“Getting old is not for sissies,” or so Bette Davis told us before she died. As each year ticks away and my progressive lenses get progressively lensier, and I can’t run up stairs the way I can run down stairs, and I can no longer do a hundred crunches without a defibrillator standing by (preferably a “defibrillator” with washboard abs), I’m inclined to agree. But there are perks… You no longer have to deal with the word “thong” in normal conversation… You can go to bed with your spouse/partner without performance anxiety… And you never again have to deal with a mosh pit.
You’ve all heard of the “baby boomer generation,” the “me generation,” “Generation X,” and the “disco generation” right? Well, each of these generations is on the path to become members of the “discount generation.”
It starts when you’re 49 as my cousin just discovered when she received her first invitation to join AARP and remarked, “*%# they certainly don’t waste time!” If she’s like I was at 49, she’ll immediately shred the invitation refusing to admit that 49 is the pathway to the big 5-O, which is the pathway to ageism in the work place, which is the pathway to senior citizenship. Work dries up as your skin does (especially if you’re a writer in showbiz and have to pitch to twelve year-old “D” girls and boys, or an actor who tries to stay young and “relevant” with botox till he/she is no longer recognizable, but I digress…).
But, hope springs eternal and you hang in there awhile longer… and a little longer… and a little longer… then finally you bite the bullet and get that AARP membership. If unretouched Meryl Streep and George Clooney (a fellow Studio City ‘hood-ite) can be on the cover of the organization’s magazine, who am I not to embrace my over fifty-ness?
As I began to flip through each issue of the magazine, I kept seeing discounts for us aging boomers and war babies. Yet another aging perk, especially since “paying” work for many has shriveled away and finances have become more “fixed income-y” – ie: investment income (if you have any), retirement (early or otherwise), social security, etc.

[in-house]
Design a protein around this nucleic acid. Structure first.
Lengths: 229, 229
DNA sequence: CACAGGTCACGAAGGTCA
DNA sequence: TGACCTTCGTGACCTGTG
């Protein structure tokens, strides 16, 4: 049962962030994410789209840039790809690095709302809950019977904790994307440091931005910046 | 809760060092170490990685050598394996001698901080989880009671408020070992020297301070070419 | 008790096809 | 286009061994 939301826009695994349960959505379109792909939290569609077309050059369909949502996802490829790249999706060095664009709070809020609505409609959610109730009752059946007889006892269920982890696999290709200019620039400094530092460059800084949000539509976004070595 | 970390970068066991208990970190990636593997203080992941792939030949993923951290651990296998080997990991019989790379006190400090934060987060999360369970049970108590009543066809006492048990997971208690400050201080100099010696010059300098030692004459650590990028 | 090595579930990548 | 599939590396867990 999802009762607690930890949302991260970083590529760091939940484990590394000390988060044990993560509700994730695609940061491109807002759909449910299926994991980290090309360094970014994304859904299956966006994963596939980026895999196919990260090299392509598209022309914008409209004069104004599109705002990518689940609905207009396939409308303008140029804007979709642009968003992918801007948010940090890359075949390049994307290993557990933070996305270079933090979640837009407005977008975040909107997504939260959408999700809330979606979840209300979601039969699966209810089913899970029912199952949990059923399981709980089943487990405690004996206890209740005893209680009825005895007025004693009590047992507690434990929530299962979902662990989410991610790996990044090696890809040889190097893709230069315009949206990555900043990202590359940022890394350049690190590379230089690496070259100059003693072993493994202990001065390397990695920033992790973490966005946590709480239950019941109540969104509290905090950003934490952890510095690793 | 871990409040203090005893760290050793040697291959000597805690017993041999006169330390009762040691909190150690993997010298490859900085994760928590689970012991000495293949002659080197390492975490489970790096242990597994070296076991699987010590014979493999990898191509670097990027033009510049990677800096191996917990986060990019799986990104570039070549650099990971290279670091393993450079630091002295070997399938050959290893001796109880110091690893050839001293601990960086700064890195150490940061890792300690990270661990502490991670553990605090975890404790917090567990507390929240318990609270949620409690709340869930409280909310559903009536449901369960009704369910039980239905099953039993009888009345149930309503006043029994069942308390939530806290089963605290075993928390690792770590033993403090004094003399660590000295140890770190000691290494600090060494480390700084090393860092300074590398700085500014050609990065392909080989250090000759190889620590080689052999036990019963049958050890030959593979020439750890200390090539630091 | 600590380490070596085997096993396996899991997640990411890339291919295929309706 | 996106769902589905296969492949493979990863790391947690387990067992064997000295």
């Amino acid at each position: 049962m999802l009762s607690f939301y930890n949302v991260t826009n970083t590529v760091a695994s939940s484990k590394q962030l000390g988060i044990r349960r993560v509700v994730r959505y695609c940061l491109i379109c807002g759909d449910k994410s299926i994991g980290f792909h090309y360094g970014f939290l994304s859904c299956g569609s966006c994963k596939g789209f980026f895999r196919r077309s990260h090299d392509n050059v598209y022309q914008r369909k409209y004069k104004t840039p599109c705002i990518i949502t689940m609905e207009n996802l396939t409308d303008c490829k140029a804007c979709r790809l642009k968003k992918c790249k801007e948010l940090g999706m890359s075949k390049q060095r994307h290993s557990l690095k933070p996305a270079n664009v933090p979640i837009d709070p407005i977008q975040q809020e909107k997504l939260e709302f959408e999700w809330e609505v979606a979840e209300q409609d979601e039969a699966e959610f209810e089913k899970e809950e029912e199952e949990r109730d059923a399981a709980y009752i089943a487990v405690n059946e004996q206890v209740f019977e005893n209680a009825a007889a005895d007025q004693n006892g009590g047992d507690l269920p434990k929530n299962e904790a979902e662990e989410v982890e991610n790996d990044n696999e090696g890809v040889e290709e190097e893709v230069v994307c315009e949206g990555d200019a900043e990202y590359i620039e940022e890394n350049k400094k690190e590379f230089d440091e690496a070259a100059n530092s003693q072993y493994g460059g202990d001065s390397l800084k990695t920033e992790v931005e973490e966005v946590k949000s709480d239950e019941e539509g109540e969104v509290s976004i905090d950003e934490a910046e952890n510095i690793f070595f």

I learned that many airlines give discounts for people over sixty-five. Trailways bus line gives discounts for anyone over fifty.
You get a 10% discount from Dollar Rent-A-Car if you’re 50 or over, and National Rent-A-Car gives AARP members 30% off. Budget give 20% off to those of us “in”AARP and Alamo, Hertz and Avis give 25%, Enterprise, 5%. The list goes on.
Hotels can give up to 30% if you’re leaving middle-age behind and tell them how old you are. There are senior discounts for cell phone contracts with AT&T, Verizon and Jitterbug. Retail stores such as Banana Republic (well, for those who weigh less than a banana), Big Lots, Kohl’s, Rite Aid, Kmart, Hallmark, and others give discounts. And on Tuesday, you get a 10% discount at Ross.
But nothing changes a ‘hood more, than your perspective of it – and as I began to embrace my discount generation status, I began to see these retail outlets and rent-a-car establishments in a totally different way. They became “prettier” and “brighter,” more “inviting,” none more so than the restaurants around town who were handing out discounts to the discount generation. Granted these are not 5-star restaurants, not even close but, hey, we all eat in them now and again… many of us more again and again.
Bob’s Big Boy gives you a discount if you’re 60 or older (though it varies by location). Boston Market gives 10% if you’re 65. Burger King, 10% if you’ve hit the big 6-0. Denny’s, 10% (20% for AARP members) if you’re 55. Jack in the Box up to 20% after 55. Subway, 10% off when you’re 60. Taco Bell, 5% and free beverages for those over 65. TCBY and Wendy’s, 10% at 55. If you’re over 65, you can drink coffee for free at Dunkin’ Donuts. Beat that Starbucks! The list goes on.
Just be aware that in most of these cases, you have to ask!
So when I’m out and about now, I just don’t pull into any ol’ place to shop or grab a quick bite. I peruse my hood with different “eyes” – the progressively weakening eyes of a card carrying member of the discount generation.
Suddenly that great old song: “Talkin’ ‘bout my g-g-generation!” by The Who, who are now great and old themselves, takes on a whole new meaning.